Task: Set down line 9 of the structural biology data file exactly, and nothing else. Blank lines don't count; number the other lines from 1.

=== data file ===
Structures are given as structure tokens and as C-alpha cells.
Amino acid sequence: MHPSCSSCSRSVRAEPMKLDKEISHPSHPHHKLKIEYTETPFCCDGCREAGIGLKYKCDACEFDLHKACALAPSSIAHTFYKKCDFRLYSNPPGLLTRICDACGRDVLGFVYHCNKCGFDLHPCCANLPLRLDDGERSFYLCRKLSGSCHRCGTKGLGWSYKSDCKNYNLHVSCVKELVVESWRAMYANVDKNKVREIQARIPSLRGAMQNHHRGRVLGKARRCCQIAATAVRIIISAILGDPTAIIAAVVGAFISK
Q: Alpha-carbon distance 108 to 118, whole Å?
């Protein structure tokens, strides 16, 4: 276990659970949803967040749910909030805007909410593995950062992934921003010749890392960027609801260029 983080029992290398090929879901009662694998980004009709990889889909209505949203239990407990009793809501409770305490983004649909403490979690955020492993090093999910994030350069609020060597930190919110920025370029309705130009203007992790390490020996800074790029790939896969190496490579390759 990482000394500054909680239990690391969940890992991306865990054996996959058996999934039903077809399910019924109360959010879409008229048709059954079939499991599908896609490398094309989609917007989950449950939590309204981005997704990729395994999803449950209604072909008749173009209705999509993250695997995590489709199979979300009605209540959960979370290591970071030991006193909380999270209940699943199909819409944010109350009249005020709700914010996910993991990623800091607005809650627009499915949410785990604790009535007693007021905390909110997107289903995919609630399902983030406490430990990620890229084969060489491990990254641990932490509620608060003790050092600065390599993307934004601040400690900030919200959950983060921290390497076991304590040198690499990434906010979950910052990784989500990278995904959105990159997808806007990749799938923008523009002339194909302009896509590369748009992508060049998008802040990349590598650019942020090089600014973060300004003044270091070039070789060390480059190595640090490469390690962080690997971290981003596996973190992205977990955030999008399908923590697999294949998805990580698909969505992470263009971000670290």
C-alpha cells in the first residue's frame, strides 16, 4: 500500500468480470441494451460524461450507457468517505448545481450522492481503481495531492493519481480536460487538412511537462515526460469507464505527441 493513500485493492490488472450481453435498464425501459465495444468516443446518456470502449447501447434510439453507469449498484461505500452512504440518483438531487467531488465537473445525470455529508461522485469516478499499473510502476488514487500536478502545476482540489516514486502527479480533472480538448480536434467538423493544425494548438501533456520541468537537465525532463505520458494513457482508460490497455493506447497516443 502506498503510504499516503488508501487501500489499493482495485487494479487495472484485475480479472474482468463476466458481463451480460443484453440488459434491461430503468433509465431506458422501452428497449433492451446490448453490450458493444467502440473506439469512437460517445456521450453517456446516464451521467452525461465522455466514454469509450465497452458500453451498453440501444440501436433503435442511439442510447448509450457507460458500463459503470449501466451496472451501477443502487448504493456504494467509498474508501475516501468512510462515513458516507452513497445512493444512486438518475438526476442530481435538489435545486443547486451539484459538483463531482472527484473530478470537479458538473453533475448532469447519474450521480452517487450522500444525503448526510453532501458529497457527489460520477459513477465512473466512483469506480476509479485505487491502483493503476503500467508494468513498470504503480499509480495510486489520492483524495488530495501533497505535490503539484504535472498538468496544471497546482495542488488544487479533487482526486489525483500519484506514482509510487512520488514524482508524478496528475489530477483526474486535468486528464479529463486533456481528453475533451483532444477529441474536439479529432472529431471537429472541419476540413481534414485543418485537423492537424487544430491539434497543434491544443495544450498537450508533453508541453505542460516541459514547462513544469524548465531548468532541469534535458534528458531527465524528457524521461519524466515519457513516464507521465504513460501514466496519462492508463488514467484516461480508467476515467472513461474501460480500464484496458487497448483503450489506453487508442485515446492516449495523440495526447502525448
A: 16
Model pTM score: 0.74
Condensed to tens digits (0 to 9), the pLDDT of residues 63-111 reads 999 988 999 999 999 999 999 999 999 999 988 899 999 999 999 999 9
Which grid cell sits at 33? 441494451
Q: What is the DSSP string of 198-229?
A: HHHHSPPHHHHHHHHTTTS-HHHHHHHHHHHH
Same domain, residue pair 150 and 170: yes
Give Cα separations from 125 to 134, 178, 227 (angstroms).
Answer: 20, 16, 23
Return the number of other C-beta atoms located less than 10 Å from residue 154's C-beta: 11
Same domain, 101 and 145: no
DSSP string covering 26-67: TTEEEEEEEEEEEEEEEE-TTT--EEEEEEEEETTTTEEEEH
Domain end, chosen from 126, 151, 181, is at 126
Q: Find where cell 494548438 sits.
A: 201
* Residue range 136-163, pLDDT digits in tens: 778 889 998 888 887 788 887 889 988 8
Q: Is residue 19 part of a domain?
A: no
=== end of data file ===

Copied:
Which grid cell sits at 33? 441494451